The lacquer foundation of this tray consists of three color layers: yellow, green, and red. By carving down to varying depths the artisan was able to create a polychrome effect. Called ti-ts'ai
(carved colors), the technique had been available since Sung, but it wasn't until the Chia-ching reign (1522-66) that it became popular, reflecting perhaps the taste for colorful overglaze porcelain that marked this era.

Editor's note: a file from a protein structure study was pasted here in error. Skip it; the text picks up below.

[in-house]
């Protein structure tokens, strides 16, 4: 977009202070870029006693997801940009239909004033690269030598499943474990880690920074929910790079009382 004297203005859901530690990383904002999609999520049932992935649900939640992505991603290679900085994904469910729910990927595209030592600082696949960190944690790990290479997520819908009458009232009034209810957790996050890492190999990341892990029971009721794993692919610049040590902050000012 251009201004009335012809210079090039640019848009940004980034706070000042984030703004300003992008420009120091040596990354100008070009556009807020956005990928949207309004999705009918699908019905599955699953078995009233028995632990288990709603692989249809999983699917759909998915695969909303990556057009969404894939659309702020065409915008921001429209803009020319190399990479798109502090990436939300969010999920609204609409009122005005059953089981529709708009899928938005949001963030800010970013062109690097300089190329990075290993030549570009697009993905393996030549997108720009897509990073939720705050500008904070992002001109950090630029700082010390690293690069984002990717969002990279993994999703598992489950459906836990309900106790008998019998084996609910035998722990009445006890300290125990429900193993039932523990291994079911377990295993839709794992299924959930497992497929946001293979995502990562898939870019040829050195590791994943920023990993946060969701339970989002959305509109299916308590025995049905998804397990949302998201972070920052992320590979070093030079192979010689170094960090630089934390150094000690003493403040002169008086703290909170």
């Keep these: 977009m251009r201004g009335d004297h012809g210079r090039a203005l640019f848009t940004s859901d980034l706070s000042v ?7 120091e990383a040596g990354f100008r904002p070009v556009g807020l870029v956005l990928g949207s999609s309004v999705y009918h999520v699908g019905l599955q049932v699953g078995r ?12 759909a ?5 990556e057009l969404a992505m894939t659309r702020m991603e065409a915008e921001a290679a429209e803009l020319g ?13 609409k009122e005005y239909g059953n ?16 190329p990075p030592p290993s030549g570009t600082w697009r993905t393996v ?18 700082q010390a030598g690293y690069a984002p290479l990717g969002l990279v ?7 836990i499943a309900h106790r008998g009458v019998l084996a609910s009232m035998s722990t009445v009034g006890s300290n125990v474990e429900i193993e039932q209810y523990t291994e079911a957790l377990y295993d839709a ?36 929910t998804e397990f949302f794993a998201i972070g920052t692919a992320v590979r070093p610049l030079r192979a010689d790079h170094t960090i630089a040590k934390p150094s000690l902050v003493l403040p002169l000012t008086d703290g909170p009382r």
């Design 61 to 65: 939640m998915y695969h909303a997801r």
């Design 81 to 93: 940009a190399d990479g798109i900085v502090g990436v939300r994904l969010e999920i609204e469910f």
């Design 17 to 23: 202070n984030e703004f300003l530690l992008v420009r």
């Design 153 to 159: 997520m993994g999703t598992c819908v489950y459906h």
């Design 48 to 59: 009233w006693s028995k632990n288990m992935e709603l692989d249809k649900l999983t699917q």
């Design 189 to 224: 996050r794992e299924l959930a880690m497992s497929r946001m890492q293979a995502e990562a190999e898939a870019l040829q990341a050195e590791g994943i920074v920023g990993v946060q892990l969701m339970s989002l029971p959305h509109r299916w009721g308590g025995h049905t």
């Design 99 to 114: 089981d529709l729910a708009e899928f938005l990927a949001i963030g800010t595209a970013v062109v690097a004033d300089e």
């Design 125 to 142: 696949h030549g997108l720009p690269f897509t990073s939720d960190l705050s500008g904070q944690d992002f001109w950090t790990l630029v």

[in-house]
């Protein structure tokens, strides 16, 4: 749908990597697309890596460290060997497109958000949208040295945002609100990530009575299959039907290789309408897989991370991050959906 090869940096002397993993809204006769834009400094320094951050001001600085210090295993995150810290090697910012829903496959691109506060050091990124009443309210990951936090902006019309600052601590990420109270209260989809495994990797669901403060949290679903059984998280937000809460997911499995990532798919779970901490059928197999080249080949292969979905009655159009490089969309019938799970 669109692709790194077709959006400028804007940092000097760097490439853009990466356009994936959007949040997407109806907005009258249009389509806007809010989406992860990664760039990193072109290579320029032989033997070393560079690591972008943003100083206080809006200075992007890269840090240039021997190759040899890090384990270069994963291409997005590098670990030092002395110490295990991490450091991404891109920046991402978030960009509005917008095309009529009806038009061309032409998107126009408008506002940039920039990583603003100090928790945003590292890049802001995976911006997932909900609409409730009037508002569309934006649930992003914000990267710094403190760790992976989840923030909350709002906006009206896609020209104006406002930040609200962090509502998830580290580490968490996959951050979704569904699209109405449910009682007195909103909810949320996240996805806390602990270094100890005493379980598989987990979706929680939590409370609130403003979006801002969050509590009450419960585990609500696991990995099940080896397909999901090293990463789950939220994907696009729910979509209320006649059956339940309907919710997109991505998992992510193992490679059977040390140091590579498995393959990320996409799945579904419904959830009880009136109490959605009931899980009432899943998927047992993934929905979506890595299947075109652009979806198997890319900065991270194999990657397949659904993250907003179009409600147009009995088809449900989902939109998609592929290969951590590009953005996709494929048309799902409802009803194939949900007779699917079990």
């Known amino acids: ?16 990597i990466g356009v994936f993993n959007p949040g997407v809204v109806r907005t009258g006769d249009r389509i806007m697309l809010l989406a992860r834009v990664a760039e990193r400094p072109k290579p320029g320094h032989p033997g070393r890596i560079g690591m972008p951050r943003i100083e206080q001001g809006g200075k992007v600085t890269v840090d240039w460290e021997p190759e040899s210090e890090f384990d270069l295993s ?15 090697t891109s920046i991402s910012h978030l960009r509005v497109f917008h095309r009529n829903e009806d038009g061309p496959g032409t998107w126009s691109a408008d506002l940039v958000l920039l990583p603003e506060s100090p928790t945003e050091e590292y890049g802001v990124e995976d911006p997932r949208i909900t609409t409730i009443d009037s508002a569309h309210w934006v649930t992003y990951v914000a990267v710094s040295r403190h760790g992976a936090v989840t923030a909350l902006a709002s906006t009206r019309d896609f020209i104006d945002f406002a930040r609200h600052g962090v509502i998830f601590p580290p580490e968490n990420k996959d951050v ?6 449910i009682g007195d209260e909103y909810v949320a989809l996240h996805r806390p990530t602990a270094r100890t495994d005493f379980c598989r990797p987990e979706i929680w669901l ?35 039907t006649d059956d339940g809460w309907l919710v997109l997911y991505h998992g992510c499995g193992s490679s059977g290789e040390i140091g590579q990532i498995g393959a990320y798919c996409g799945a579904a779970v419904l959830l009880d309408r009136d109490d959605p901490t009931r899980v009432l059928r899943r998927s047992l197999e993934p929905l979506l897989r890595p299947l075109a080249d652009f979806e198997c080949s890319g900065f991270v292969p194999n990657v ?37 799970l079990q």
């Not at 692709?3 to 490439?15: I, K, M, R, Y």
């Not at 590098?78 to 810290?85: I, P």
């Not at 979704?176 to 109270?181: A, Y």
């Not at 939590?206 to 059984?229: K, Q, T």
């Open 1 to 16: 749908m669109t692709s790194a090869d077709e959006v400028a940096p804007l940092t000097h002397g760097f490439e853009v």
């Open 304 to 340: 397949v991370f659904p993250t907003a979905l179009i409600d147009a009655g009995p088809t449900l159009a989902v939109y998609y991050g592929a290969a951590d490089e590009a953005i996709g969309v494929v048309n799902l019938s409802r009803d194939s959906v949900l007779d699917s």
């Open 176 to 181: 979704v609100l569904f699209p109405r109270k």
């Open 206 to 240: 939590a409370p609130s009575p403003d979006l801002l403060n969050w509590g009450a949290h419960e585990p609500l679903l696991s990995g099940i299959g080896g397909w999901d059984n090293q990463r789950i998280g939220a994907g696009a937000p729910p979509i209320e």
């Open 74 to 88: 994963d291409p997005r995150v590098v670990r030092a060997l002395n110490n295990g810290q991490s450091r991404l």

The interior of the tray is carved with two sinuous, five-claw dragons with horns, whiskers, and bushy tails. They confront a yin-yang symbol set within a flaming shou (longevity) character. The two long sides depict two dragons in profile confronting a flaming pearl; the two short sides feature single dragons chasing the famous pearl of wisdom. This style of carved dragon, in which the creature can be seen from several perspectives and the snouts have an almost independent existence, remained popular through the Wan-li reign (1573-1619).